Recent changes in federal tax laws designed to save taxpayers money are costing Arizona nonprofit organizations money. Lots of money. And, potentially, lots of jobs.
A report by the Seidman Research Institute at the W.P. Carey School of Business at Arizona State University estimates that charitable giving in Arizona will drop by an astonishing $272.7 million every year following passage of the Tax Cuts and Job Act.
As a result, many Arizona taxpayers will not itemize their returns because the new law nearly doubles the federal standard deduction offered to both single and married taxpayers. That means there is no financial incentive to donate to nonprofit organizations because taxpayers won't be able to claim—and won't need—the deduction.
But nonprofit organizations doing great work in communities throughout Arizona do.
The Seidman report projects the total economic impact will include a $775.4 million reduction in GDP by the state, $493.5 million less in labor income and thousands of jobs could be lost. That would mean less funding for private food banks, homeless or domestic violence shelters, childcare, job training, and educational programming by arts and cultural organizations.
What can we do as concerned citizens, taxpayers and supporters of the positive impact of nonprofit organizations, their staff, volunteers and boards to identify and meet important community needs?
To start, a coalition of advocates for the nonprofit community is proposing legislation to change Arizona's income tax law to allow individuals to deduct donations to nonprofits even if they are not itemizing their returns.
Under HB 2359, standard deductions would be increased by the amount of charitable deductions that would have been allowed if the tax returns were itemized.
What this means is that if a taxpayer decides to donate $100 each to five qualifying nonprofit agencies in Arizona, they would be able to deduct $500 over and above the standard deductions.
We certainly can't predict whether that proposed legislation will make its way to a floor vote, and we can't afford to wait.
So, our goal is to encourage taxpayers to look beyond tax season to the entire calendar because nonprofit organizations don't confine their work to a specific time of year and to think about the impact you can have in changing lives and saving lives by making donations of any size to organizations doing this good work.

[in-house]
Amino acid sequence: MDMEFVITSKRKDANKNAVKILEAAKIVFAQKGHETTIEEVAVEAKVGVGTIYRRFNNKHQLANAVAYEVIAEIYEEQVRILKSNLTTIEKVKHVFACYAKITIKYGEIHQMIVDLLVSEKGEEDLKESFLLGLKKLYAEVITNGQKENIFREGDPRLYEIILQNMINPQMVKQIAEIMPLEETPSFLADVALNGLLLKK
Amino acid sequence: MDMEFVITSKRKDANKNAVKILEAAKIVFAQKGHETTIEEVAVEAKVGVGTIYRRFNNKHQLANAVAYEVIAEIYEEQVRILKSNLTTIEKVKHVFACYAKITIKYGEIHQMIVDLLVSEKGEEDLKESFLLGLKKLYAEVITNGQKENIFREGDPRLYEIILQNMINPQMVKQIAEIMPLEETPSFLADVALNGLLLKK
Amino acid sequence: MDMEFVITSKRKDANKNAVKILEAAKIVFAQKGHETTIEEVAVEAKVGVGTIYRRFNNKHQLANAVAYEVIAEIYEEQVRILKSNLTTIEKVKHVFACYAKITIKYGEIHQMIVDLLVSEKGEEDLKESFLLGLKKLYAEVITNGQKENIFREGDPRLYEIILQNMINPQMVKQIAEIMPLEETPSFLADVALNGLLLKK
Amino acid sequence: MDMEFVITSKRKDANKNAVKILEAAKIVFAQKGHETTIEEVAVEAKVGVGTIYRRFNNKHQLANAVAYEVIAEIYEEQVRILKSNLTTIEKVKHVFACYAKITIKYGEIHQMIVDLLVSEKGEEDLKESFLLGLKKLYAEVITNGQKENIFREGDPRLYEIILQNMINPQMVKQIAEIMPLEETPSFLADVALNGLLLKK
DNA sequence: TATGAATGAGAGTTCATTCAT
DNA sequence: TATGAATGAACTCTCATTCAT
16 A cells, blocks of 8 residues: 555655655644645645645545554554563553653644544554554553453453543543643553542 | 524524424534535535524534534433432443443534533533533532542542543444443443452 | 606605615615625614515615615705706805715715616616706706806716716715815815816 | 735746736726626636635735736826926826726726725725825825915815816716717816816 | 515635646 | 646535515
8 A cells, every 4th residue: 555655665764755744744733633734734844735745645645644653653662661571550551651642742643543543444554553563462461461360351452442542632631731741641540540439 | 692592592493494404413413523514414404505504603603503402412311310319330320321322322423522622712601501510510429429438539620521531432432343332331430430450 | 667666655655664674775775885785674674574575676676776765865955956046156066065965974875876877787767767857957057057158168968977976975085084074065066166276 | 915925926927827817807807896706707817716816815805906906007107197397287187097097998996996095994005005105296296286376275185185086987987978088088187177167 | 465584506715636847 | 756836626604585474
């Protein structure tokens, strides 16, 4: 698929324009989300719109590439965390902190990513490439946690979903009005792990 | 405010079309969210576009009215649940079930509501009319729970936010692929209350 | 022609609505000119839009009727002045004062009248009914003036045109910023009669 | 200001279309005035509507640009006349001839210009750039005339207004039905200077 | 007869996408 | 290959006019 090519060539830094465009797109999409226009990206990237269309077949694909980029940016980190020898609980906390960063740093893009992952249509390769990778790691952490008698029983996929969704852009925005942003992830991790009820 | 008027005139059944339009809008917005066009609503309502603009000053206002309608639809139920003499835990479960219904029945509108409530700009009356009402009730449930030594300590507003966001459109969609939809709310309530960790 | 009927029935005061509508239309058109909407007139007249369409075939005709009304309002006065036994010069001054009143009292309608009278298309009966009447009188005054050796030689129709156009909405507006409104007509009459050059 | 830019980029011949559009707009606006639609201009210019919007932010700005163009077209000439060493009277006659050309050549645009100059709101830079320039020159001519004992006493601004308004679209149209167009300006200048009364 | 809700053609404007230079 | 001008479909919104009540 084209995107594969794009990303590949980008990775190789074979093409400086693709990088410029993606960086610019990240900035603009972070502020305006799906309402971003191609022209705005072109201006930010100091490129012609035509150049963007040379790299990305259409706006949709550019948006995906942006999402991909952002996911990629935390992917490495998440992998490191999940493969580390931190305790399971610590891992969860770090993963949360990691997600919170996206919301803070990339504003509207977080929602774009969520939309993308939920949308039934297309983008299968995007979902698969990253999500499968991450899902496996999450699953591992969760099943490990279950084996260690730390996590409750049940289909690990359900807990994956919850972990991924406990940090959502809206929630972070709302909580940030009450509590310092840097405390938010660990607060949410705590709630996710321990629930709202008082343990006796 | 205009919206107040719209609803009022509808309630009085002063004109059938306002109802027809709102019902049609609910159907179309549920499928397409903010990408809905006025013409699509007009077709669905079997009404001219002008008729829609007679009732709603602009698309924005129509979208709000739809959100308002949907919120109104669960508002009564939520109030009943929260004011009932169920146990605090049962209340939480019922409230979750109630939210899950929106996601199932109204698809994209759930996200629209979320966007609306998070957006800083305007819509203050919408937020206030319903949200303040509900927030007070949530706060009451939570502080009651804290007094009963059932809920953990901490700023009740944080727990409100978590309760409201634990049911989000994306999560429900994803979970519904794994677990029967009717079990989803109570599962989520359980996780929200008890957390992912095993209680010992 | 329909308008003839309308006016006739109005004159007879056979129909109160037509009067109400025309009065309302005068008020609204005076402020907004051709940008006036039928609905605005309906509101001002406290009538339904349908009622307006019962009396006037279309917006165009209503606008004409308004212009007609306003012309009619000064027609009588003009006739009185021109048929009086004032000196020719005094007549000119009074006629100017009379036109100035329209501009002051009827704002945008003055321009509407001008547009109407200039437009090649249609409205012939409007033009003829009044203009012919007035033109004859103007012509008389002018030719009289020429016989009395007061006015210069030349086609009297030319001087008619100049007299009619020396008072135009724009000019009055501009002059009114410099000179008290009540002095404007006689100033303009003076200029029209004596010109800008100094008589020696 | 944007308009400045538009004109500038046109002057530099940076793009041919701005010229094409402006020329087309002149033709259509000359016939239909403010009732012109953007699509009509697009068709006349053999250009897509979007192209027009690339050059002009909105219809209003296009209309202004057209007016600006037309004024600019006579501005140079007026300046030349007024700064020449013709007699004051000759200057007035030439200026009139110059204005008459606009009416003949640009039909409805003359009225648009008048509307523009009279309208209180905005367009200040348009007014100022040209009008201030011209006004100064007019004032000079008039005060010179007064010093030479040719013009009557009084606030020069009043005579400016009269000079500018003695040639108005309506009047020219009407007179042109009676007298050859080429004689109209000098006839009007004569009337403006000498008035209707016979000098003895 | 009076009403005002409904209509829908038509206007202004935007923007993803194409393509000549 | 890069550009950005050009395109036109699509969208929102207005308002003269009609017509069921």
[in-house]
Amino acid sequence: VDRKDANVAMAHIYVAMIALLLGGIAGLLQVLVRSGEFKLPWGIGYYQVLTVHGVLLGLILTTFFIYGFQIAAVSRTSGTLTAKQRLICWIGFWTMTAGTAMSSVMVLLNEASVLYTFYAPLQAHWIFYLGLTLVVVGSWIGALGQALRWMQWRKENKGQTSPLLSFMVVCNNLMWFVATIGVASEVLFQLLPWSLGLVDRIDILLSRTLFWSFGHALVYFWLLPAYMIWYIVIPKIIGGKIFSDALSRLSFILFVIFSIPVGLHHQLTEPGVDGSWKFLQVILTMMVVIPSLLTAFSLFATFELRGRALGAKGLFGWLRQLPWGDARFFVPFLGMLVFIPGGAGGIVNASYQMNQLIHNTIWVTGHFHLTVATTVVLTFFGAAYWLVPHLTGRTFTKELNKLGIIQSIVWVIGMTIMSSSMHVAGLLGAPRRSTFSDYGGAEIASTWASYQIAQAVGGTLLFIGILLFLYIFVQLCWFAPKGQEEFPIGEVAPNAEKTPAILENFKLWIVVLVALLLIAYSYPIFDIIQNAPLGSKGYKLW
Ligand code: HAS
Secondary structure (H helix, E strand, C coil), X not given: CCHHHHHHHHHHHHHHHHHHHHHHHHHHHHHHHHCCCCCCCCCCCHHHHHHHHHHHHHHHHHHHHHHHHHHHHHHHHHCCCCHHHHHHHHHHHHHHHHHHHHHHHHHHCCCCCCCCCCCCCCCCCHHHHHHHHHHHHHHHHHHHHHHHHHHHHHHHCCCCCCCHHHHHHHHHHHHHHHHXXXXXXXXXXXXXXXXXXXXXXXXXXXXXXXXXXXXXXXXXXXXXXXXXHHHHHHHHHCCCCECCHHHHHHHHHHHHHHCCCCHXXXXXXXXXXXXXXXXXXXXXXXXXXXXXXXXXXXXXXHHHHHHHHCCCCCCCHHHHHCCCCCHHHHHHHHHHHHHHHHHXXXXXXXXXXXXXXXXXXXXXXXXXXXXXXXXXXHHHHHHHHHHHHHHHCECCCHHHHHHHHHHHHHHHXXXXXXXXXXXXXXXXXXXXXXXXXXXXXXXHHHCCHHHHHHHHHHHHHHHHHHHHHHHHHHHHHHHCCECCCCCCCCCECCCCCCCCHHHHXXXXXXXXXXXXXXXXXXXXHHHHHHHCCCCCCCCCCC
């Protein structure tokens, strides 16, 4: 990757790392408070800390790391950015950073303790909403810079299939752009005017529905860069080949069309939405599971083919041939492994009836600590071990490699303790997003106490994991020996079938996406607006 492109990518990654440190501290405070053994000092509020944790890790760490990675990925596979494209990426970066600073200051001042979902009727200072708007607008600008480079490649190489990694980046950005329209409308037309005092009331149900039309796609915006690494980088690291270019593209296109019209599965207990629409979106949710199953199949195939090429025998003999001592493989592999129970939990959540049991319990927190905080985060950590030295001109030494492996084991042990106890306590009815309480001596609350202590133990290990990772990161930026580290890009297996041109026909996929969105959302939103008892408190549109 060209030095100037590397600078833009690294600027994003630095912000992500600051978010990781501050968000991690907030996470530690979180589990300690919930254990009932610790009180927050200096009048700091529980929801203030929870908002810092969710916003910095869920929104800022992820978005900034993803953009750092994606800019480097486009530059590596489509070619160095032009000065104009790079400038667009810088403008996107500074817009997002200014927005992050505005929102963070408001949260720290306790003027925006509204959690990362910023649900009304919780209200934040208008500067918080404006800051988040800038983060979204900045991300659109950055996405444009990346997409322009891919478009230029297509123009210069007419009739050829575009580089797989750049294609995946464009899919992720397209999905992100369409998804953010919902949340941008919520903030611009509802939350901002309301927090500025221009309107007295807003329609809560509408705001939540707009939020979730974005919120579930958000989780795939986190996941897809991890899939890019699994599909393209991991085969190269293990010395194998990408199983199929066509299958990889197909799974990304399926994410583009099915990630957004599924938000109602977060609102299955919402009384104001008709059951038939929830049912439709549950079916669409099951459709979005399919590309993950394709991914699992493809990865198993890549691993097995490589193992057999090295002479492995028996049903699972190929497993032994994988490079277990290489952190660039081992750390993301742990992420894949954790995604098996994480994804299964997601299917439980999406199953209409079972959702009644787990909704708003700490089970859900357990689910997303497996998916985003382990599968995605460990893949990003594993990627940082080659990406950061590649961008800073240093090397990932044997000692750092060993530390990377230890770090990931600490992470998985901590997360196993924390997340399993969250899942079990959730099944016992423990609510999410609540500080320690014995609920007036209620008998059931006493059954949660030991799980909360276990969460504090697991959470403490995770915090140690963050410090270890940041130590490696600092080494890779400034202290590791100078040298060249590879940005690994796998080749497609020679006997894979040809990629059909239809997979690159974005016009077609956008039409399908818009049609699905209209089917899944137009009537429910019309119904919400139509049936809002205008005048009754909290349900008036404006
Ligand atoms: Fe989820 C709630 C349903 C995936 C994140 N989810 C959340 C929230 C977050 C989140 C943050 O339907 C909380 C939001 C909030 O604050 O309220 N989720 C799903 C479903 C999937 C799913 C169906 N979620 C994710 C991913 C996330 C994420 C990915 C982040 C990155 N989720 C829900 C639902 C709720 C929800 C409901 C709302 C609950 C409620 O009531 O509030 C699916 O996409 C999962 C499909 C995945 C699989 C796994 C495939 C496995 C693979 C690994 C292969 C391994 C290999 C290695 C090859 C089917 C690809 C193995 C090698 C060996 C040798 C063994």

While we would love to see those generous contributions pay dividends to donors in the form of a tax deduction, we cannot overstate the critical importance every single dollar means to the struggling men, women and children who benefit from services, resources and advocacy that social service agencies provide and to the impact on our quality of life offered by arts and cultural organizations.
One option is to participate in Arizona Gives Day (www.arizonagives.org), a 24-hour online fund-raising event on April 2 that has raised more than $13.4 million since 2013. Another is to visit the Alliance of Arizona Nonprofit website at www.arizonanonprofits.org where you can search a database of qualified, deserving nonprofits serving Arizona communities.
A third option is to contact your elected representatives and encourage them to protect charitable giving by supporting HB 2359. You can find more information at www.azleg.gov.
The bottom line is that we, as individuals and as a community, must do what we can to help those in need and those who so selflessly serve them.
Kristen Merrifield is Chief Executive Officer of the Alliance of Arizona Nonprofits (www.arizonanonprofits.org). She can be reached at (602) 279-2966. Laurie Liles is President and Chief Executive Officer of the Arizona Grantmakers Forum (www.azgrantmakers.org). She can be reached at (602) 977-2756.